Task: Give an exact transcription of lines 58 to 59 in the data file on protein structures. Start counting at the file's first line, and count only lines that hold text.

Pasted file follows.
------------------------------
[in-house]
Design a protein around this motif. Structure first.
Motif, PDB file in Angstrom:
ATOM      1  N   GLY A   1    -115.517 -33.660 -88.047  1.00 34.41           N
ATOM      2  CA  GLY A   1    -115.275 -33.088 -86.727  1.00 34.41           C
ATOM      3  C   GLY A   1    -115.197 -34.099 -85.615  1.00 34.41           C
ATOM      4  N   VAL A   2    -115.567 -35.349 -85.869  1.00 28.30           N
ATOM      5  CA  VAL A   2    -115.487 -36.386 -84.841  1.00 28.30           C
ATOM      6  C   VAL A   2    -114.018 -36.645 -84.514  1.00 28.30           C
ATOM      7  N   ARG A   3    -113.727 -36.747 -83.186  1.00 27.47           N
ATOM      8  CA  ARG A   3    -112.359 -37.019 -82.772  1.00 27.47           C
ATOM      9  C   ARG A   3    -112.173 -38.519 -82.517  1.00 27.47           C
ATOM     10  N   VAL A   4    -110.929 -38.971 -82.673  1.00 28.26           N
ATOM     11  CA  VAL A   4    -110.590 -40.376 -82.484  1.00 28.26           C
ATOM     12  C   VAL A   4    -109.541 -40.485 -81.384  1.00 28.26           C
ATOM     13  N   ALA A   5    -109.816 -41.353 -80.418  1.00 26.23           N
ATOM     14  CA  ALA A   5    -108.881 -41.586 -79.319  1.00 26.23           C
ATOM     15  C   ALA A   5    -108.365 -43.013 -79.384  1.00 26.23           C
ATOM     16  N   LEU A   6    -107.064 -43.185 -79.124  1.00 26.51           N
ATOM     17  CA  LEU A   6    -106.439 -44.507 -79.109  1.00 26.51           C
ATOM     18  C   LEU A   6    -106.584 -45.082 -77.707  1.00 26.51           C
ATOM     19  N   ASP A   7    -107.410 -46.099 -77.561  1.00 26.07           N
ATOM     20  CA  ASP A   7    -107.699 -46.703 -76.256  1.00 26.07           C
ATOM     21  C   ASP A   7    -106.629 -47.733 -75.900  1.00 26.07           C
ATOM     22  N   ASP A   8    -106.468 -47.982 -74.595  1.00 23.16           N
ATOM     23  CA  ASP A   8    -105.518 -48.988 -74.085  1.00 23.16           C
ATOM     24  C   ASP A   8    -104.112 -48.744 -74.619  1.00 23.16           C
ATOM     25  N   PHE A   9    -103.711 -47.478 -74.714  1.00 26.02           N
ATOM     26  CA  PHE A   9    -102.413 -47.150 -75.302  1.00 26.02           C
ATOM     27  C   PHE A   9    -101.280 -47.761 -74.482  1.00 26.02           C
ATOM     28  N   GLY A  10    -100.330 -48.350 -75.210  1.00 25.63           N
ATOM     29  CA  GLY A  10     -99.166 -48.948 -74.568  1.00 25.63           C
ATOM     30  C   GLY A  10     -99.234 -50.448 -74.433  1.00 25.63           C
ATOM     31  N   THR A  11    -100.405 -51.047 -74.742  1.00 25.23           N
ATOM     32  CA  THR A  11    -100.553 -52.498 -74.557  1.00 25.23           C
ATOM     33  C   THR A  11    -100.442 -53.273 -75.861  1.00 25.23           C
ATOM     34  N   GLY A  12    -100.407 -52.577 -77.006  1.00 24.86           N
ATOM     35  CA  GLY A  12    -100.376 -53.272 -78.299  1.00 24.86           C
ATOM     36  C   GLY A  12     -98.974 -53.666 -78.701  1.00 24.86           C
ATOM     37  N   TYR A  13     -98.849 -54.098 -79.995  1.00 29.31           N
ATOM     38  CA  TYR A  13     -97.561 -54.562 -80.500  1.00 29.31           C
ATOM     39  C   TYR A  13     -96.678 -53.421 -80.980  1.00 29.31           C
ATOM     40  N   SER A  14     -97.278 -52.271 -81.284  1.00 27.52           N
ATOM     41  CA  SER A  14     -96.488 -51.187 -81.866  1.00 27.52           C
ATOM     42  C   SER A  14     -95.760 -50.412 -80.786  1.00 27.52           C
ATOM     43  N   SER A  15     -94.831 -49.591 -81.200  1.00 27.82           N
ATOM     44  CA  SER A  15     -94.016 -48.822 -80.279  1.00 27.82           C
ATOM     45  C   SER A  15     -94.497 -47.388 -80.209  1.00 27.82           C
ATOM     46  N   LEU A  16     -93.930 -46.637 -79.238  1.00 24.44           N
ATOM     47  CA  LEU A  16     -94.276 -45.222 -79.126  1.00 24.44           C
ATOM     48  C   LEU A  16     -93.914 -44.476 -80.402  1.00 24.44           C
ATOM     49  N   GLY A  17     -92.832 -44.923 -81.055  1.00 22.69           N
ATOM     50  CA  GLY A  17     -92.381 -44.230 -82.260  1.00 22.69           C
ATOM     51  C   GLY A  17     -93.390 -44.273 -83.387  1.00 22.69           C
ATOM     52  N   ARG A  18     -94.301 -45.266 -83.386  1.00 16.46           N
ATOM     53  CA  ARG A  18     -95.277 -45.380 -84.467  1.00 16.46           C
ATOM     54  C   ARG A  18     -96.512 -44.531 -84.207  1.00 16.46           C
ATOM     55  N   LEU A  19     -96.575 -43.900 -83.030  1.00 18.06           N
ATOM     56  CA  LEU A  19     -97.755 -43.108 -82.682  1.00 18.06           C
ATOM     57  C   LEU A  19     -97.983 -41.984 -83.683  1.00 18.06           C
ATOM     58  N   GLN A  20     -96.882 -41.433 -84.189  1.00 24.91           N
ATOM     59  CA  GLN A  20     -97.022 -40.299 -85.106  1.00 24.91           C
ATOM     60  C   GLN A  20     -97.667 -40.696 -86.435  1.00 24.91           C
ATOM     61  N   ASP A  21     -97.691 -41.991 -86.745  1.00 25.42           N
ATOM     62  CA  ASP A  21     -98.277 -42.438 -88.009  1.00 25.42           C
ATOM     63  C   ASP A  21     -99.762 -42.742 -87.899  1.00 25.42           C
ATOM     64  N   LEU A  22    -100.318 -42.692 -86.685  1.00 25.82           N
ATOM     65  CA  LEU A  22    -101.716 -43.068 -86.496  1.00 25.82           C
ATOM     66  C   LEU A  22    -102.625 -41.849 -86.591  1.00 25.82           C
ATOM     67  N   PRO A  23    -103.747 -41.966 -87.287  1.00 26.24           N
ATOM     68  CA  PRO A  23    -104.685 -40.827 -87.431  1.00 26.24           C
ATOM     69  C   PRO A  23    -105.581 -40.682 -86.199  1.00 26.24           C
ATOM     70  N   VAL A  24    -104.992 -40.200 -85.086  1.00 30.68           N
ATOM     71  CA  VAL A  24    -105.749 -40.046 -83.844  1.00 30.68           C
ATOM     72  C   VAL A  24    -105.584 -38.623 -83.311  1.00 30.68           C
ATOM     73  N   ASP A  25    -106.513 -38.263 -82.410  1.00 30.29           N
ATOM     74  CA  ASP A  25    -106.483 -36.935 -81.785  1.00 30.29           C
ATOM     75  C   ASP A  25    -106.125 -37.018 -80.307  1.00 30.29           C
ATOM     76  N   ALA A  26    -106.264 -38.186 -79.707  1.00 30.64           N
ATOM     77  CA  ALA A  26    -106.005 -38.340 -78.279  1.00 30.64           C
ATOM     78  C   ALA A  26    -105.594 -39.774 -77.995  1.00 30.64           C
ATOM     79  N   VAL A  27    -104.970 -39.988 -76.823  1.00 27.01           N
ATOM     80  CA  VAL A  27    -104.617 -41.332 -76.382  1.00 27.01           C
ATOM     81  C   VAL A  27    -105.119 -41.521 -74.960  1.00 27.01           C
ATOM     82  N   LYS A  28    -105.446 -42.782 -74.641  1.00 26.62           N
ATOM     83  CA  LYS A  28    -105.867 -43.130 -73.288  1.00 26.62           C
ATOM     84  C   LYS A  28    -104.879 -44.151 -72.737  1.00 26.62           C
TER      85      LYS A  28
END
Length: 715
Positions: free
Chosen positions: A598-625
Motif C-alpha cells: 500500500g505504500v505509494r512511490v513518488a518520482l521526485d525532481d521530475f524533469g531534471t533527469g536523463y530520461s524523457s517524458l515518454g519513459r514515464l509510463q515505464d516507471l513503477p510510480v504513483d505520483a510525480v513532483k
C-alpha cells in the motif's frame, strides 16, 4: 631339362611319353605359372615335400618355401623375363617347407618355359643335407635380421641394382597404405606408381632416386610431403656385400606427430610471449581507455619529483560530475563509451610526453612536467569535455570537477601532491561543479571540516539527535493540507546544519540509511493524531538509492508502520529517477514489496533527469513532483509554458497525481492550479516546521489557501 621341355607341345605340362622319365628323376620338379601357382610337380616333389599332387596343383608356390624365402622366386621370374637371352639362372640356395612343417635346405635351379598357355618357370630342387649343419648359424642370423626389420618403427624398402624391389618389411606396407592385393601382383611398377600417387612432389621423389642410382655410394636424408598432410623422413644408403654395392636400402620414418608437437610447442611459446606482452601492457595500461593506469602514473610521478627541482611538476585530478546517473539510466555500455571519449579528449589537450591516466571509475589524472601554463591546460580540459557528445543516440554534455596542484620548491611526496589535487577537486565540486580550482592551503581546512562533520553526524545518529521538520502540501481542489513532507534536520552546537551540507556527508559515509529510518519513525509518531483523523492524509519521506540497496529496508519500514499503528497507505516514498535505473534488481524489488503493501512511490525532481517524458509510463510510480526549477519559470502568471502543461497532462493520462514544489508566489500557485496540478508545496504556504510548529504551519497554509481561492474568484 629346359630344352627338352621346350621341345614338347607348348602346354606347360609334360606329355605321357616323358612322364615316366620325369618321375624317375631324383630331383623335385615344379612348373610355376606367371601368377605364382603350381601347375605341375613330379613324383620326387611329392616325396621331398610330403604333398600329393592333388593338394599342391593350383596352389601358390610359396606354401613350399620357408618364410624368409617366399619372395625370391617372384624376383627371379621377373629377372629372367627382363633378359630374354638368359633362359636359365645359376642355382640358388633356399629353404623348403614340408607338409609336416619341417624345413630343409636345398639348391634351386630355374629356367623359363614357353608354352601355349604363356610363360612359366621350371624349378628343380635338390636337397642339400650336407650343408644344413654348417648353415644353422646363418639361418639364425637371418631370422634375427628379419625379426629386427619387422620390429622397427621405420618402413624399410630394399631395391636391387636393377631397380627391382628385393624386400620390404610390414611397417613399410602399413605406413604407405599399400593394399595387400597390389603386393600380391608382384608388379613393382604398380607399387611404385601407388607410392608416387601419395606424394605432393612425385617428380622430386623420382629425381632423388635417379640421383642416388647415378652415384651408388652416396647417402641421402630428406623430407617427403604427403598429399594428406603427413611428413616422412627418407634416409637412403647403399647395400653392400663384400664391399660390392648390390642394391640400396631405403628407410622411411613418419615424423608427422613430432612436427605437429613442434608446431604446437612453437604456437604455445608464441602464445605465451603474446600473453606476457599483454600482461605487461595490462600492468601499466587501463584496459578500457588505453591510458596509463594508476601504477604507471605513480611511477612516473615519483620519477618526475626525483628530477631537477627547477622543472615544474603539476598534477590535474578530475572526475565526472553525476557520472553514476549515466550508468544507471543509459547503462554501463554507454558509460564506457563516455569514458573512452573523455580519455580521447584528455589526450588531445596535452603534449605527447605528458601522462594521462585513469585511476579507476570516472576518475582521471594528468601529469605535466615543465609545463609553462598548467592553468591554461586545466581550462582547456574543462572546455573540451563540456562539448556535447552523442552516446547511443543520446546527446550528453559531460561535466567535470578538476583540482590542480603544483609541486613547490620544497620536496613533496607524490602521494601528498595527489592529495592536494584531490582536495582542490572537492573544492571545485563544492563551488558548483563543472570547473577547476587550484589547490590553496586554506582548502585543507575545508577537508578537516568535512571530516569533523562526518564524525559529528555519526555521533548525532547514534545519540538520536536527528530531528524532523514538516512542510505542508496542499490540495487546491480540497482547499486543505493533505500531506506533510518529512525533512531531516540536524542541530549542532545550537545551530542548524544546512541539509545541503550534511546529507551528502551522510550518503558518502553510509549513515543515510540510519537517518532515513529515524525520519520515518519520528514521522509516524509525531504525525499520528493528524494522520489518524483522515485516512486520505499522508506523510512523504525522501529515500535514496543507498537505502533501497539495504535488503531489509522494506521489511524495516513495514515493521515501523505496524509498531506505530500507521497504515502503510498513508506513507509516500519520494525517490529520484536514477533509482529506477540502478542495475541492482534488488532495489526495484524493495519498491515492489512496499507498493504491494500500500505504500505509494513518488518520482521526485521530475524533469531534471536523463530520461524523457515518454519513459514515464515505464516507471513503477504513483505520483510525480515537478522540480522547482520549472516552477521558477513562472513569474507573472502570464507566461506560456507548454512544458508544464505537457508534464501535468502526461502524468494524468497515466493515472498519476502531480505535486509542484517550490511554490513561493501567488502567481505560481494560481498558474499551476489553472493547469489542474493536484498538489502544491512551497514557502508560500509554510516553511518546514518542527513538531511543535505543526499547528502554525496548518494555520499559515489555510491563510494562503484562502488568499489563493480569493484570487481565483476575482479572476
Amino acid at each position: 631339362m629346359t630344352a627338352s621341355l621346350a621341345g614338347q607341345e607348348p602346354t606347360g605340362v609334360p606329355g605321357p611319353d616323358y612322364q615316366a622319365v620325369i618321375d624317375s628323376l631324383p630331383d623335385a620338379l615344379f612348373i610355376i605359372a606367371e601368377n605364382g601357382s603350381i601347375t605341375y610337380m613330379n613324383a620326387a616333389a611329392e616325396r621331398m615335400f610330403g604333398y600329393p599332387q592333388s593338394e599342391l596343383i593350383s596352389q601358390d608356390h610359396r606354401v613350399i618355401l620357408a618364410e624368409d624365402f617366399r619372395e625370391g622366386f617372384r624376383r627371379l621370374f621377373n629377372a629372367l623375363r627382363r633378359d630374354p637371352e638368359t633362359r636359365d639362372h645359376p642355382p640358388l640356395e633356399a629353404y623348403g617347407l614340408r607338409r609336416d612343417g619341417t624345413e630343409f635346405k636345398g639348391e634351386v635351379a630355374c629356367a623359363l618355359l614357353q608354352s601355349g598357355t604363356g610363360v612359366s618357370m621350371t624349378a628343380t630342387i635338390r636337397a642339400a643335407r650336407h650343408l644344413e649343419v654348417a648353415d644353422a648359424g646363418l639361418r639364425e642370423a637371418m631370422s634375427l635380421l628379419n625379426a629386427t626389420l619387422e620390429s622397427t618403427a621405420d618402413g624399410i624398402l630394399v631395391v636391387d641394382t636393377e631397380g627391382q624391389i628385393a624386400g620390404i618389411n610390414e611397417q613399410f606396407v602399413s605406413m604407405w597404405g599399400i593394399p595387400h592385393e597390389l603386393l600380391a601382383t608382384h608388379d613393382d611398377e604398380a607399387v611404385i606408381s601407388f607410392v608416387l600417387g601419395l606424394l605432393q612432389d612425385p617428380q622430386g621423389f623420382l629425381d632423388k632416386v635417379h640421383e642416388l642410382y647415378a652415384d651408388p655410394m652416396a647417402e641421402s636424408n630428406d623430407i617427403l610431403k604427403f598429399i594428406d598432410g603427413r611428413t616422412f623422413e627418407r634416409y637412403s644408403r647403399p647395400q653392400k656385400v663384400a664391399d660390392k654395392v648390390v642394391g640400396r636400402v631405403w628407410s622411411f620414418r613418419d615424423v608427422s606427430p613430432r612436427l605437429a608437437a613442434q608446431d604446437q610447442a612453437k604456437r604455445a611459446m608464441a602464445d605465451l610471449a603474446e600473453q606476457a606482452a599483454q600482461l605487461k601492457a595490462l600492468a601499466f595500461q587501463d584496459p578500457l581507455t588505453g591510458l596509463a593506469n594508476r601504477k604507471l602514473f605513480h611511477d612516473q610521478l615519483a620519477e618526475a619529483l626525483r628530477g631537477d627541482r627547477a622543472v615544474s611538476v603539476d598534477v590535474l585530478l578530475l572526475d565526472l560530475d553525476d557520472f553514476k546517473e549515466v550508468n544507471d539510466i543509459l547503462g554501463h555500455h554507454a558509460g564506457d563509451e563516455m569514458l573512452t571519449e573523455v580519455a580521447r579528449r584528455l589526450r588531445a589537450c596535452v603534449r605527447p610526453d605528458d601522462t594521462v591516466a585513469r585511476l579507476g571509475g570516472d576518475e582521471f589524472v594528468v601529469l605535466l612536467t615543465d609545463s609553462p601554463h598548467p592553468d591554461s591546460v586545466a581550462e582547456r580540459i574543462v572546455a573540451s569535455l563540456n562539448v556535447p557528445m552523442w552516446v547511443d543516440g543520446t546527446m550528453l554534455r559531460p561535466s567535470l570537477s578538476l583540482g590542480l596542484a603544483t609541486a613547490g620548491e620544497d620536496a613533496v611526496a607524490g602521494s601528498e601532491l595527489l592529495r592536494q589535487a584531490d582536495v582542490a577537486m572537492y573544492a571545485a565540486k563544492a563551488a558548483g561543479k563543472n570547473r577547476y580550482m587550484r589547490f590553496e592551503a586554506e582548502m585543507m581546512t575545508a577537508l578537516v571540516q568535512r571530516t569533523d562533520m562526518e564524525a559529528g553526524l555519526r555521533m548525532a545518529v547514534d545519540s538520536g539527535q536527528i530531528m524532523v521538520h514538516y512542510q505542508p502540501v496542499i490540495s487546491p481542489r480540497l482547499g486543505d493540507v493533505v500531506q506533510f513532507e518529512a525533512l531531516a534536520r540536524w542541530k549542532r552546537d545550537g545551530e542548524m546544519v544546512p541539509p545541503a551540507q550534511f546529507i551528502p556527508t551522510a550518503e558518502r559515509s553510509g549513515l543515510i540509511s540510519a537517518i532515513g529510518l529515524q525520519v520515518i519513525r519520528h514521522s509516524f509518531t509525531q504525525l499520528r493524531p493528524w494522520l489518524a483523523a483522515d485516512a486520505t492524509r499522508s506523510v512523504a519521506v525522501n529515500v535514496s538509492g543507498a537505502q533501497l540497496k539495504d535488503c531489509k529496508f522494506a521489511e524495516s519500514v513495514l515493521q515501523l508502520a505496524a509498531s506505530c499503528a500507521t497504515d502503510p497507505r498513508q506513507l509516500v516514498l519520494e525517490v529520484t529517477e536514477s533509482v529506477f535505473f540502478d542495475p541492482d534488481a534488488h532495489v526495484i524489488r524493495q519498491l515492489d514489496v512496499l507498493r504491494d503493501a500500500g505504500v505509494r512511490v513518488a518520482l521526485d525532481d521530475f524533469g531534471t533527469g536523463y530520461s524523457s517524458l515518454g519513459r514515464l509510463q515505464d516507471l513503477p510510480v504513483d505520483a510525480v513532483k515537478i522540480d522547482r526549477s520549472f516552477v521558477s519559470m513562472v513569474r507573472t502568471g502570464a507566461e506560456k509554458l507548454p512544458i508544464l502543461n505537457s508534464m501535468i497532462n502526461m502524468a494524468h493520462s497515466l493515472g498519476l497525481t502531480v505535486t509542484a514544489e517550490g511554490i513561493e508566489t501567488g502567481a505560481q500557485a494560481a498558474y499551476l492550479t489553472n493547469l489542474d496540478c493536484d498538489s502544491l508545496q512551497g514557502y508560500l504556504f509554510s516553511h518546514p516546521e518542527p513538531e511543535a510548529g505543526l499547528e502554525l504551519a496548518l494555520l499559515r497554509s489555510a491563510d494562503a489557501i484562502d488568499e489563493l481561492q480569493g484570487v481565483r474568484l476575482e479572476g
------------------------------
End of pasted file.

ATOM     55  N   LEU A  19     -96.575 -43.900 -83.030  1.00 18.06           N
ATOM     56  CA  LEU A  19     -97.755 -43.108 -82.682  1.00 18.06           C